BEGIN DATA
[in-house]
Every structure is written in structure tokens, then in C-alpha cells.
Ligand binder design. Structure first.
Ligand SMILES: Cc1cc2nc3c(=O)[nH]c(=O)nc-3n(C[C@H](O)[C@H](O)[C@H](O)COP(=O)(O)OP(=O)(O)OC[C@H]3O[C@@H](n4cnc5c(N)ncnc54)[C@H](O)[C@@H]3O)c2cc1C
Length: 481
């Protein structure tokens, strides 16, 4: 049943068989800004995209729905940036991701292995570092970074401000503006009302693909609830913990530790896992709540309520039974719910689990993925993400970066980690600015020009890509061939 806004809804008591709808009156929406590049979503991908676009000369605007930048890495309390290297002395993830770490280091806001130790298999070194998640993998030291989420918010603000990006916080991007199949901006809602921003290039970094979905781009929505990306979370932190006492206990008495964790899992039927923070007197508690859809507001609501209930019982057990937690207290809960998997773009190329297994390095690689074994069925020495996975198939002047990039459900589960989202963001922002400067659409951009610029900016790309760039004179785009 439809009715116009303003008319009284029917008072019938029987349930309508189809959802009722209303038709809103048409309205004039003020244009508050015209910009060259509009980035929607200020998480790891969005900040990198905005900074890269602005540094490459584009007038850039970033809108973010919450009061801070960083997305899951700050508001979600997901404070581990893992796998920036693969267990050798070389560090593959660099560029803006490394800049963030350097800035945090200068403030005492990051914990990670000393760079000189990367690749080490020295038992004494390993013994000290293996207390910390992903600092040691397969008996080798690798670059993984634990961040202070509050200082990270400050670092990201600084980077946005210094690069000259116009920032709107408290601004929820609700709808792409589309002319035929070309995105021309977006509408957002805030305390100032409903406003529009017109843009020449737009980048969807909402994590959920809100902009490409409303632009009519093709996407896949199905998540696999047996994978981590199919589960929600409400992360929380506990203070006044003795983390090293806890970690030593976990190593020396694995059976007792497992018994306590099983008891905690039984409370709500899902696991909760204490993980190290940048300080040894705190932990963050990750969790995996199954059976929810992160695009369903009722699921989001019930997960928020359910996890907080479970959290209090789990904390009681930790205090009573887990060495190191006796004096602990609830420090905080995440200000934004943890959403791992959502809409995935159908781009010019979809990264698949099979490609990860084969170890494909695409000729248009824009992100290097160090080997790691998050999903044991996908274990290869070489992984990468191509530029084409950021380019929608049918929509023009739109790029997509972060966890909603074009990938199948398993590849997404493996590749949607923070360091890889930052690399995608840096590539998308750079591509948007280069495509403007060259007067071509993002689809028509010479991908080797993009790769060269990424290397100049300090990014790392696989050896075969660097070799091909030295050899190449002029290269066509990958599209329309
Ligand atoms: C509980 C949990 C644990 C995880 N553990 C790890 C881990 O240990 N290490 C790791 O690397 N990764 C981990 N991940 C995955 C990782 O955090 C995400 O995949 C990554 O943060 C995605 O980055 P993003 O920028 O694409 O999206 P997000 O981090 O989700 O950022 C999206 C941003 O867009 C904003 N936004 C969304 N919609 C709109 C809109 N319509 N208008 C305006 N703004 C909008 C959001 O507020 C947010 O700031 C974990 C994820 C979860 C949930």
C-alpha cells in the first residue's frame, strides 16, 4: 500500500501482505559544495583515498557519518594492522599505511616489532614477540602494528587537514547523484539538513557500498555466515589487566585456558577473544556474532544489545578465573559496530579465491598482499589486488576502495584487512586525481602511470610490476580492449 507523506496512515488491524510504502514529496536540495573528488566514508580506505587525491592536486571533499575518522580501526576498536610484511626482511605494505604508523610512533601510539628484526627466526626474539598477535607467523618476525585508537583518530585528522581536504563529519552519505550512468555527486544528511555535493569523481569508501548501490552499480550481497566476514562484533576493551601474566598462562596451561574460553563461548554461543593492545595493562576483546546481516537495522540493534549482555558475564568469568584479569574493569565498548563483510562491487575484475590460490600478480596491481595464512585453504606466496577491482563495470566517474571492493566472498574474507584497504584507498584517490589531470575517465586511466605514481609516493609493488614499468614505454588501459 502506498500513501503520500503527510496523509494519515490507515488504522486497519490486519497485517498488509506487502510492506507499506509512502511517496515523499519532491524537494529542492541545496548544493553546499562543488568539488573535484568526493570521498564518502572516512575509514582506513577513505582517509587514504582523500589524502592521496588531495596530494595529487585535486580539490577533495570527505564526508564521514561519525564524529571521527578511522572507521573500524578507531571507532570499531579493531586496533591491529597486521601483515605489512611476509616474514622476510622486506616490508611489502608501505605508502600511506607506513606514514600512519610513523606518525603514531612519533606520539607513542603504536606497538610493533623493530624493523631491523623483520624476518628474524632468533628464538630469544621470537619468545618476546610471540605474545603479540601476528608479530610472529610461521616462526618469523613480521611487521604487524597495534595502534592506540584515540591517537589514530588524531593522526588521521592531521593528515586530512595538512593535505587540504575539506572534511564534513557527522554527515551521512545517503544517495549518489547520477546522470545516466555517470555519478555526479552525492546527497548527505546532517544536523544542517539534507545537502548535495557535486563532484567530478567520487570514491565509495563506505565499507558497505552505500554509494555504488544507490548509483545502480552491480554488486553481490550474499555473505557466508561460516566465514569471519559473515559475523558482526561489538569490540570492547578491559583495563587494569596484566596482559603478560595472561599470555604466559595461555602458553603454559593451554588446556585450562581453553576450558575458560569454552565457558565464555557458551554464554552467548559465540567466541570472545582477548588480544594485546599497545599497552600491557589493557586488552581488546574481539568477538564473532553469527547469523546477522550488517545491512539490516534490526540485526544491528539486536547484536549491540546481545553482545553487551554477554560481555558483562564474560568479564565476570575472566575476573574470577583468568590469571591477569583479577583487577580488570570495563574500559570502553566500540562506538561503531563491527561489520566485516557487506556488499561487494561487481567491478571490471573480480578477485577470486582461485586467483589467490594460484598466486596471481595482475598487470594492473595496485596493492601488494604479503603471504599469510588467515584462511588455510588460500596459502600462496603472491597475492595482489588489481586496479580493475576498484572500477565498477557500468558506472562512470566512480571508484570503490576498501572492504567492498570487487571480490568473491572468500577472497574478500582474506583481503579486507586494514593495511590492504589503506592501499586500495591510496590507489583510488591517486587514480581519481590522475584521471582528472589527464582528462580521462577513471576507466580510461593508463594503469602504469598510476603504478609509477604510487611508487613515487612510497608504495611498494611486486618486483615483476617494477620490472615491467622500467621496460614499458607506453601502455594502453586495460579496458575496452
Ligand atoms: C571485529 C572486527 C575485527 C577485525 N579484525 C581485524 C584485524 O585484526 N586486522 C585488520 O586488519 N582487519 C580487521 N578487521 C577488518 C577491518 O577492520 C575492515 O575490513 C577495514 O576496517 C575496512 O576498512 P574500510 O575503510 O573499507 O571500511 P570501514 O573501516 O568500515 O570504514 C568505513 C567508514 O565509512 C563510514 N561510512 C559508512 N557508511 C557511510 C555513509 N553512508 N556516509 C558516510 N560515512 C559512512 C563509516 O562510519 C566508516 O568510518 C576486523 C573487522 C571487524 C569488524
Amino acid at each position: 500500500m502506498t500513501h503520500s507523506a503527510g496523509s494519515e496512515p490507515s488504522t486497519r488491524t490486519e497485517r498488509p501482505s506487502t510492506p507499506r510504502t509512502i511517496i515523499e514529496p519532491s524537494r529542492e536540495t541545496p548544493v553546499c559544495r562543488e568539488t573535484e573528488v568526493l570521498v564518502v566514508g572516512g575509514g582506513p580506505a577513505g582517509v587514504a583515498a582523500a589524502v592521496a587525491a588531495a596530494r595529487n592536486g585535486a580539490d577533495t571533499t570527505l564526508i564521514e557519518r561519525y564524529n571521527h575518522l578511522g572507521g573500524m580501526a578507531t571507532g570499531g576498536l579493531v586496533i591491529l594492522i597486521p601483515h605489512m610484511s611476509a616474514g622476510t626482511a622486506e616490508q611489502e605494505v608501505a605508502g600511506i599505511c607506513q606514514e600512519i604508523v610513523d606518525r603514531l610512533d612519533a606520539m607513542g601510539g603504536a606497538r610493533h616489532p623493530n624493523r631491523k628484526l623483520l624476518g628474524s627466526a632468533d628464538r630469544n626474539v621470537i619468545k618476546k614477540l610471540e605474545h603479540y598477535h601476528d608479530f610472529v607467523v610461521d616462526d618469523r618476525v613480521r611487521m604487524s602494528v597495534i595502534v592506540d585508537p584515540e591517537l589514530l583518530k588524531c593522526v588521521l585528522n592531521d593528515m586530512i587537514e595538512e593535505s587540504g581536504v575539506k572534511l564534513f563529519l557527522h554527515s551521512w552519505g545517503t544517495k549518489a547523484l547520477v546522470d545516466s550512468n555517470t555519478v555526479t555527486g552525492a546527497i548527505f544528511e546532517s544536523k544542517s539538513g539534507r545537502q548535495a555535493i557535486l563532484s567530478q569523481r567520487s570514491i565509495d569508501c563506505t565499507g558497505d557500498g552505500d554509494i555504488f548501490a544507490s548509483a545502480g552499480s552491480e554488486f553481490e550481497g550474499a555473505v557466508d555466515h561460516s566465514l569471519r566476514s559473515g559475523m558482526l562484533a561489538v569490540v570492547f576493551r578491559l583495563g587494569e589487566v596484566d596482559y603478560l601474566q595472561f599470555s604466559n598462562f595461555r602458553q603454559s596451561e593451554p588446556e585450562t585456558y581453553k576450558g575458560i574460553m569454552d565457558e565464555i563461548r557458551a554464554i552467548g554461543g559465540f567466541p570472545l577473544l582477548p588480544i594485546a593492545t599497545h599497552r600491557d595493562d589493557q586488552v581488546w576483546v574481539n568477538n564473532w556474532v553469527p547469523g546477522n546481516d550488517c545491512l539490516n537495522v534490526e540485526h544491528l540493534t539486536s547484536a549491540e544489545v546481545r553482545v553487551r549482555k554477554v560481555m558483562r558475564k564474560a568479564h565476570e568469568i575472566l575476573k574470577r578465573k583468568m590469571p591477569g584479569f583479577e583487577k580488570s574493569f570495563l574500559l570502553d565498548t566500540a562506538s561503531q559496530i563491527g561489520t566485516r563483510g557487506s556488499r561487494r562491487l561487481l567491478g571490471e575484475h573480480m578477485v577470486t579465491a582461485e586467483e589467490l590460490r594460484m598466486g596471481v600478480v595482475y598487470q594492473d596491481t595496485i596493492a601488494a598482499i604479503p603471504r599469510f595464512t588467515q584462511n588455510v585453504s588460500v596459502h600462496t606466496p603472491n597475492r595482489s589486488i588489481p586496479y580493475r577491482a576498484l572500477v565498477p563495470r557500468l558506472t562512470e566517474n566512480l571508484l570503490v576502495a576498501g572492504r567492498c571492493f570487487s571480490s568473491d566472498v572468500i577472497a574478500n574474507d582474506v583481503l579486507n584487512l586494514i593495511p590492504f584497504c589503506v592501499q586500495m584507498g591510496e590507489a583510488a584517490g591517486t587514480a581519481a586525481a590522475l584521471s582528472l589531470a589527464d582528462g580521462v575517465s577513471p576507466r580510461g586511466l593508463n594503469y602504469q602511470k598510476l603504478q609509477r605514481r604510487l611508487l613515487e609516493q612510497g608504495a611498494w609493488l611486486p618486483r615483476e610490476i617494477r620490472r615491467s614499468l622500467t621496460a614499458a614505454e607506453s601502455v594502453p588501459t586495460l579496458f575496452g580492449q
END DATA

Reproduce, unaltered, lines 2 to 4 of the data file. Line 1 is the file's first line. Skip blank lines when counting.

Every structure is written in structure tokens, then in C-alpha cells.
Ligand binder design. Structure first.
Ligand SMILES: Cc1cc2nc3c(=O)[nH]c(=O)nc-3n(C[C@H](O)[C@H](O)[C@H](O)COP(=O)(O)OP(=O)(O)OC[C@H]3O[C@@H](n4cnc5c(N)ncnc54)[C@H](O)[C@@H]3O)c2cc1C